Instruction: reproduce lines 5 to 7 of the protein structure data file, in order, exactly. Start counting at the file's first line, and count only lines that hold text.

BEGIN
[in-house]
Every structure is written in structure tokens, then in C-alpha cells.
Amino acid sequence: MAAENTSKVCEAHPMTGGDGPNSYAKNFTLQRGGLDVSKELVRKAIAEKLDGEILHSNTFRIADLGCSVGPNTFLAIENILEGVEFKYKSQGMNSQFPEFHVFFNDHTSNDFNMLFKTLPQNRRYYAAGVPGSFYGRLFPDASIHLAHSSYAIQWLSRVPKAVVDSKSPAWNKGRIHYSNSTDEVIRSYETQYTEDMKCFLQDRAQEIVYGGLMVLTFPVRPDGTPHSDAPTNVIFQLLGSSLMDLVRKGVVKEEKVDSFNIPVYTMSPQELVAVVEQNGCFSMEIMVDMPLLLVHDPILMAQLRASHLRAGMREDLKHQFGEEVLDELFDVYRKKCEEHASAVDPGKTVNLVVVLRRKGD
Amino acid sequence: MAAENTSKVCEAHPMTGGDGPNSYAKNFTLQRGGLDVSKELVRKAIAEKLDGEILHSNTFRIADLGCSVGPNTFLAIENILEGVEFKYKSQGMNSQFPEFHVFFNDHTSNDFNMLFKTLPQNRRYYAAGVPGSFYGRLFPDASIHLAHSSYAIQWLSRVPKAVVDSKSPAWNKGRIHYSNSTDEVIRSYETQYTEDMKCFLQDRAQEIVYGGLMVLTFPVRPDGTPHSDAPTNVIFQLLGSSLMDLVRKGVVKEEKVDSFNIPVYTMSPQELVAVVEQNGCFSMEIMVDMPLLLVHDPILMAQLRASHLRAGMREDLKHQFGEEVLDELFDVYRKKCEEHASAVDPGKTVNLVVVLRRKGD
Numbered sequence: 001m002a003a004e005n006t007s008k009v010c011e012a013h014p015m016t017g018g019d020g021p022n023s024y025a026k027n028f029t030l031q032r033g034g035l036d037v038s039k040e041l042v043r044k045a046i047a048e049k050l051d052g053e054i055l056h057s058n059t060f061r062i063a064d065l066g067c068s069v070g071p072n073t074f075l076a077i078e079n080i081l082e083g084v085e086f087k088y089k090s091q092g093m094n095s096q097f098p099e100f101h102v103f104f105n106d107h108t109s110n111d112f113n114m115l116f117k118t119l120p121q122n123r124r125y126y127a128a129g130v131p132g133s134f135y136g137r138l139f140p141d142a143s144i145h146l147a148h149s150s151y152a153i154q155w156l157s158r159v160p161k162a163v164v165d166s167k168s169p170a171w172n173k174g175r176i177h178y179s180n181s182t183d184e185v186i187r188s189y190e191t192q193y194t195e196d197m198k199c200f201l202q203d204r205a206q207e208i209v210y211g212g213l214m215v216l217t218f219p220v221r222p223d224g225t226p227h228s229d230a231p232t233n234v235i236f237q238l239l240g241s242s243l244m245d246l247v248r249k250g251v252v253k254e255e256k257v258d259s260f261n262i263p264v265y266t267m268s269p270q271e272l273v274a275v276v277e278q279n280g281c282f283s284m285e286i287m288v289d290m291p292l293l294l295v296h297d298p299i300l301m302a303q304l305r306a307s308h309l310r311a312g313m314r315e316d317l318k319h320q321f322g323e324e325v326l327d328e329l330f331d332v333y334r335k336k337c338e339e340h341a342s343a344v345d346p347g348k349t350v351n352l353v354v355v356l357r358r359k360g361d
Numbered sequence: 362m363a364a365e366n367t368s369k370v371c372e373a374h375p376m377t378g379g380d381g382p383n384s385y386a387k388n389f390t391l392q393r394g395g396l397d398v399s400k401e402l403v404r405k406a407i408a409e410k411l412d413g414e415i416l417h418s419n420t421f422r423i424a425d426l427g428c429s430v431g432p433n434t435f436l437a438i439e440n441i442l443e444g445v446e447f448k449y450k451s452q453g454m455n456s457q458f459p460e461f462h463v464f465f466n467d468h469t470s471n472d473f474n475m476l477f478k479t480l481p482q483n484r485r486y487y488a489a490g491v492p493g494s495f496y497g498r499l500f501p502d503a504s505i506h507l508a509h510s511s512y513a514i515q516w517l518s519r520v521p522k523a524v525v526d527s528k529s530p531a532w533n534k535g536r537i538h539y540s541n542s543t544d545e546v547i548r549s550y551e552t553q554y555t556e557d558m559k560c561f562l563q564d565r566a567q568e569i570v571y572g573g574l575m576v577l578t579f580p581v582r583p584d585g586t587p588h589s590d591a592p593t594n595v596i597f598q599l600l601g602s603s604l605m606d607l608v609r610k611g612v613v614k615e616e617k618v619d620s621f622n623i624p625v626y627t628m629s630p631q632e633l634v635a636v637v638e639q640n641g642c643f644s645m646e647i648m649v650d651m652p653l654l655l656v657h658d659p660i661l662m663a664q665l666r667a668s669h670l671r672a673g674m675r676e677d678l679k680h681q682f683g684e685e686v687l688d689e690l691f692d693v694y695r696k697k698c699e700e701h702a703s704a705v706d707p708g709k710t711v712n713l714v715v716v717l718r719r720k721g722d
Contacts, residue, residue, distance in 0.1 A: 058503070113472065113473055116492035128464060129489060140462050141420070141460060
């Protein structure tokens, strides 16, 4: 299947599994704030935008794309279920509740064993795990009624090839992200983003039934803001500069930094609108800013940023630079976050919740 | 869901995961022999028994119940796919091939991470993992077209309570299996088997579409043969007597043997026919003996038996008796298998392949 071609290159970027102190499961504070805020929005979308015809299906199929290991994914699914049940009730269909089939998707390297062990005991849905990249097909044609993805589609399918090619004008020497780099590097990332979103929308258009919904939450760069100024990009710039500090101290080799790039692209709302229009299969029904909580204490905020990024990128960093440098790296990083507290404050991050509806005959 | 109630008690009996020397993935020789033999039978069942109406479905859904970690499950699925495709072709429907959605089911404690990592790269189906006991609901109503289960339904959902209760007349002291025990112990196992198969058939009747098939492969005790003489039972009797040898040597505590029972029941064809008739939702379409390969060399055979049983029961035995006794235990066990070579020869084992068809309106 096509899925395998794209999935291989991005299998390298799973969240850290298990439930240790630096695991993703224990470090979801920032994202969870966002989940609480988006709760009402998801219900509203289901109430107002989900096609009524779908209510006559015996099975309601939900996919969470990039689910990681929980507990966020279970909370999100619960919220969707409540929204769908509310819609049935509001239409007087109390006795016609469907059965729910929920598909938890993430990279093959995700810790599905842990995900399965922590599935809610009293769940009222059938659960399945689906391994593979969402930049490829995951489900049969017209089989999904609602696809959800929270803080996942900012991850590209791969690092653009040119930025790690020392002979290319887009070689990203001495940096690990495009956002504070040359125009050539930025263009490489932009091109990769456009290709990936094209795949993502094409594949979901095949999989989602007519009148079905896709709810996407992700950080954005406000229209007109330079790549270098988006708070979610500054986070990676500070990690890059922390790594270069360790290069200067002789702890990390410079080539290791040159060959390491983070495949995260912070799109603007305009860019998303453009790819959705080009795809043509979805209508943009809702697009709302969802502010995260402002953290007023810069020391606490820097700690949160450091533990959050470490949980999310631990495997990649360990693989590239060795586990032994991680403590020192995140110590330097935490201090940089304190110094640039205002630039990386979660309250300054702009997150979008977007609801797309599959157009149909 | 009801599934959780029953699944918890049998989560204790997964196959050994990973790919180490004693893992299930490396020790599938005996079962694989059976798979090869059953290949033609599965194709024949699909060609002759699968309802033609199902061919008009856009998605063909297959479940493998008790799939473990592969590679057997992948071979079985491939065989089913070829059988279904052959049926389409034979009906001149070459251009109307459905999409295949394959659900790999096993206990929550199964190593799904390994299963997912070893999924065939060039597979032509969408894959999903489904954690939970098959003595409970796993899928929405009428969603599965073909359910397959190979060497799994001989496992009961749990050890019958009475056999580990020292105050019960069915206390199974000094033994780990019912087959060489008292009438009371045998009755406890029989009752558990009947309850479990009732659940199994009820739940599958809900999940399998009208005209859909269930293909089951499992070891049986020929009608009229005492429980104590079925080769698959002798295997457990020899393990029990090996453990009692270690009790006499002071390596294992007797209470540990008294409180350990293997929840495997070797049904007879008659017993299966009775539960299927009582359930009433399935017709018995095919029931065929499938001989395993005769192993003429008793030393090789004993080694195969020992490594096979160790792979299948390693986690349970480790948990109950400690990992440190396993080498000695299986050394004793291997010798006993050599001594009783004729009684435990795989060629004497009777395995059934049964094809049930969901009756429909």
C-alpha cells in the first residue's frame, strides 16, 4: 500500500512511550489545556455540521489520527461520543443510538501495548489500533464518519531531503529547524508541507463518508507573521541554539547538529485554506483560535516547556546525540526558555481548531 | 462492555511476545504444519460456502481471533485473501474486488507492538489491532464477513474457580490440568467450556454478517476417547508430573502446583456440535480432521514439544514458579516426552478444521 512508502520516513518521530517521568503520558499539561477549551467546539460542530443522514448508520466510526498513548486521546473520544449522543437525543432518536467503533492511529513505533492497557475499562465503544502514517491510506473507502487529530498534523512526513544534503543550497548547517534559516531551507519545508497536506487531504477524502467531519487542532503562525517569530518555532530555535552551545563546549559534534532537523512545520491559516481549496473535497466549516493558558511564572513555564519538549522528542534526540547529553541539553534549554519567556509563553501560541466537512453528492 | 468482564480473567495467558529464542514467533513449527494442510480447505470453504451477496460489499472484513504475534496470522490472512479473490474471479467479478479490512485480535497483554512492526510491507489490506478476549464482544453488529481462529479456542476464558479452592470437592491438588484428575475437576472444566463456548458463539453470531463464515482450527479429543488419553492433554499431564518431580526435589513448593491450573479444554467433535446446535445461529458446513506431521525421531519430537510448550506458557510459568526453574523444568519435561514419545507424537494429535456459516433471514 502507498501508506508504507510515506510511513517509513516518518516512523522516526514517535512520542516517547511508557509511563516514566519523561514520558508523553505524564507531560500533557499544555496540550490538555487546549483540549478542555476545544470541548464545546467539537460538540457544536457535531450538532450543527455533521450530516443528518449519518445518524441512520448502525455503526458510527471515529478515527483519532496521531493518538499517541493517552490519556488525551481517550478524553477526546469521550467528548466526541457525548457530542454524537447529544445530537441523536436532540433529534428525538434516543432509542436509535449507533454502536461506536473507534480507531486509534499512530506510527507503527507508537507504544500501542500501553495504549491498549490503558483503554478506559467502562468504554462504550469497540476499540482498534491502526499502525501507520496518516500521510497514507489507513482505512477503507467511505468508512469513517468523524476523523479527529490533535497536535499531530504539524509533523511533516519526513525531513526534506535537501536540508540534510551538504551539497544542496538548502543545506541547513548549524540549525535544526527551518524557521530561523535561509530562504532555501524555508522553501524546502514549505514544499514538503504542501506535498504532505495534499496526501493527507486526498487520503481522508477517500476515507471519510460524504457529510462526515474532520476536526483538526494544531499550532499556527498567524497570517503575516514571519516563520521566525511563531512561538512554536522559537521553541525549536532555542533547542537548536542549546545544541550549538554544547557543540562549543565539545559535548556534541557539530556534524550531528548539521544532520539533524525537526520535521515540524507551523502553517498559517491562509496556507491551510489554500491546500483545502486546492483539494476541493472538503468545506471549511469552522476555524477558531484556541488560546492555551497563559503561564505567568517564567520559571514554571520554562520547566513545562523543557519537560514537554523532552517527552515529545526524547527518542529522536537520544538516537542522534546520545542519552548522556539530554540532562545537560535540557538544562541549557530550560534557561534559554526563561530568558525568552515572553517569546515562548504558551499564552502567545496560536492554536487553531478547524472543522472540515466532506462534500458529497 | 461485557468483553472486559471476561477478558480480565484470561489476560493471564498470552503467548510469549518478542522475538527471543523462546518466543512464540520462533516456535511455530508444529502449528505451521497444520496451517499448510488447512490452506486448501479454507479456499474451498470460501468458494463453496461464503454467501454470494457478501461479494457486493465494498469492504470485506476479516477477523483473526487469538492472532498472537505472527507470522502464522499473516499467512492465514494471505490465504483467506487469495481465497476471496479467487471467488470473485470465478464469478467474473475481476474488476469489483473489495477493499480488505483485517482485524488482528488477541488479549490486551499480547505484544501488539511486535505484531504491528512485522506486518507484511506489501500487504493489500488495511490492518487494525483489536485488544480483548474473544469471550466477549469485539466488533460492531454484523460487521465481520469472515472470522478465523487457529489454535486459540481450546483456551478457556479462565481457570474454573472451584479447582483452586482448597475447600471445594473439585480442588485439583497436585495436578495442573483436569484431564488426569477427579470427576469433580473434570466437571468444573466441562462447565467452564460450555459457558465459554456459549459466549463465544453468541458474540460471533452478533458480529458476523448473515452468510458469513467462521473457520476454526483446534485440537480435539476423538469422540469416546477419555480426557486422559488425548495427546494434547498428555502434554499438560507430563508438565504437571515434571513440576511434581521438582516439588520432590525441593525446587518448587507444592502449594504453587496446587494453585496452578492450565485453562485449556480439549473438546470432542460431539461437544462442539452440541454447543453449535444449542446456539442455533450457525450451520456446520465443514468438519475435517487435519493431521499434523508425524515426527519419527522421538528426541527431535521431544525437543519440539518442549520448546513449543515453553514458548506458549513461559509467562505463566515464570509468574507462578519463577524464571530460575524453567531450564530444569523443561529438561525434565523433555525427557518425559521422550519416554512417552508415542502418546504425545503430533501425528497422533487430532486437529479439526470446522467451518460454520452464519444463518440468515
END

Numbered sequence: 001m002a003a004e005n006t007s008k009v010c011e012a013h014p015m016t017g018g019d020g021p022n023s024y025a026k027n028f029t030l031q032r033g034g035l036d037v038s039k040e041l042v043r044k045a046i047a048e049k050l051d052g053e054i055l056h057s058n059t060f061r062i063a064d065l066g067c068s069v070g071p072n073t074f075l076a077i078e079n080i081l082e083g084v085e086f087k088y089k090s091q092g093m094n095s096q097f098p099e100f101h102v103f104f105n106d107h108t109s110n111d112f113n114m115l116f117k118t119l120p121q122n123r124r125y126y127a128a129g130v131p132g133s134f135y136g137r138l139f140p141d142a143s144i145h146l147a148h149s150s151y152a153i154q155w156l157s158r159v160p161k162a163v164v165d166s167k168s169p170a171w172n173k174g175r176i177h178y179s180n181s182t183d184e185v186i187r188s189y190e191t192q193y194t195e196d197m198k199c200f201l202q203d204r205a206q207e208i209v210y211g212g213l214m215v216l217t218f219p220v221r222p223d224g225t226p227h228s229d230a231p232t233n234v235i236f237q238l239l240g241s242s243l244m245d246l247v248r249k250g251v252v253k254e255e256k257v258d259s260f261n262i263p264v265y266t267m268s269p270q271e272l273v274a275v276v277e278q279n280g281c282f283s284m285e286i287m288v289d290m291p292l293l294l295v296h297d298p299i300l301m302a303q304l305r306a307s308h309l310r311a312g313m314r315e316d317l318k319h320q321f322g323e324e325v326l327d328e329l330f331d332v333y334r335k336k337c338e339e340h341a342s343a344v345d346p347g348k349t350v351n352l353v354v355v356l357r358r359k360g361d
Numbered sequence: 362m363a364a365e366n367t368s369k370v371c372e373a374h375p376m377t378g379g380d381g382p383n384s385y386a387k388n389f390t391l392q393r394g395g396l397d398v399s400k401e402l403v404r405k406a407i408a409e410k411l412d413g414e415i416l417h418s419n420t421f422r423i424a425d426l427g428c429s430v431g432p433n434t435f436l437a438i439e440n441i442l443e444g445v446e447f448k449y450k451s452q453g454m455n456s457q458f459p460e461f462h463v464f465f466n467d468h469t470s471n472d473f474n475m476l477f478k479t480l481p482q483n484r485r486y487y488a489a490g491v492p493g494s495f496y497g498r499l500f501p502d503a504s505i506h507l508a509h510s511s512y513a514i515q516w517l518s519r520v521p522k523a524v525v526d527s528k529s530p531a532w533n534k535g536r537i538h539y540s541n542s543t544d545e546v547i548r549s550y551e552t553q554y555t556e557d558m559k560c561f562l563q564d565r566a567q568e569i570v571y572g573g574l575m576v577l578t579f580p581v582r583p584d585g586t587p588h589s590d591a592p593t594n595v596i597f598q599l600l601g602s603s604l605m606d607l608v609r610k611g612v613v614k615e616e617k618v619d620s621f622n623i624p625v626y627t628m629s630p631q632e633l634v635a636v637v638e639q640n641g642c643f644s645m646e647i648m649v650d651m652p653l654l655l656v657h658d659p660i661l662m663a664q665l666r667a668s669h670l671r672a673g674m675r676e677d678l679k680h681q682f683g684e685e686v687l688d689e690l691f692d693v694y695r696k697k698c699e700e701h702a703s704a705v706d707p708g709k710t711v712n713l714v715v716v717l718r719r720k721g722d
Contacts, residue, residue, distance in 0.1 A: 058503070113472065113473055116492035128464060129489060140462050141420070141460060